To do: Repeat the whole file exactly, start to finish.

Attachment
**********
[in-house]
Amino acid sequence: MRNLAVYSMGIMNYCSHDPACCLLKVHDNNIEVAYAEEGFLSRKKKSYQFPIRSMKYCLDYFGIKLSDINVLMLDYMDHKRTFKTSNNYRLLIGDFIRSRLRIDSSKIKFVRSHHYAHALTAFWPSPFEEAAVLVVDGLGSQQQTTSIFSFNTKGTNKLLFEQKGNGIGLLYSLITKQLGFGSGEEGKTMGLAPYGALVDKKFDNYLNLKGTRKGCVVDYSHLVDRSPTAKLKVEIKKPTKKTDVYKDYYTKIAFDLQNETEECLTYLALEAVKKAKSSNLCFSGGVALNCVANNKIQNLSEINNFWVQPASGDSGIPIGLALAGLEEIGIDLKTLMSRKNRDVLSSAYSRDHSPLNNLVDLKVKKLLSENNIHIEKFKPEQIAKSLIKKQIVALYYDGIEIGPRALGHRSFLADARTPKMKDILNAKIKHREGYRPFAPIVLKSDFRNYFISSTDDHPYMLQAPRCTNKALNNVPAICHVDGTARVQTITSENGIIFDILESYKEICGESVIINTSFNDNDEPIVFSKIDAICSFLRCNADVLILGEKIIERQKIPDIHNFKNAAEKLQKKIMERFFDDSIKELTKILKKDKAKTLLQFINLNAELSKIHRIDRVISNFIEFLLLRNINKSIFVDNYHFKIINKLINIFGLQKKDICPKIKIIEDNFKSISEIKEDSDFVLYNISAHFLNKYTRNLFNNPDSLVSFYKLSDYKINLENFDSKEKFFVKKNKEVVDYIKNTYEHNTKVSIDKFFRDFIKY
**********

[in-house]
Amino acid sequence: MRNLAVYSMGIMNYCSHDPACCLLKVHDNNIEVAYAEEGFLSRKKKSYQFPIRSMKYCLDYFGIKLSDINVLMLDYMDHKRTFKTSNNYRLLIGDFIRSRLRIDSSKIKFVRSHHYAHALTAFWPSPFEEAAVLVVDGLGSQQQTTSIFSFNTKGTNKLLFEQKGNGIGLLYSLITKQLGFGSGEEGKTMGLAPYGALVDKKFDNYLNLKGTRKGCVVDYSHLVDRSPTAKLKVEIKKPTKKTDVYKDYYTKIAFDLQNETEECLTYLALEAVKKAKSSNLCFSGGVALNCVANNKIQNLSEINNFWVQPASGDSGIPIGLALAGLEEIGIDLKTLMSRKNRDVLSSAYSRDHSPLNNLVDLKVKKLLSENNIHIEKFKPEQIAKSLIKKQIVALYYDGIEIGPRALGHRSFLADARTPKMKDILNAKIKHREGYRPFAPIVLKSDFRNYFISSTDDHPYMLQAPRCTNKALNNVPAICHVDGTARVQTITSENGIIFDILESYKEICGESVIINTSFNDNDEPIVFSKIDAICSFLRCNADVLILGEKIIERQKIPDIHNFKNAAEKLQKKIMERFFDDSIKELTKILKKDKAKTLLQFINLNAELSKIHRIDRVISNFIEFLLLRNINKSIFVDNYHFKIINKLINIFGLQKKDICPKIKIIEDNFKSISEIKEDSDFVLYNISAHFLNKYTRNLFNNPDSLVSFYKLSDYKINLENFDSKEKFFVKKNKEVVDYIKNTYEHNTKVSIDKFFRDFIKY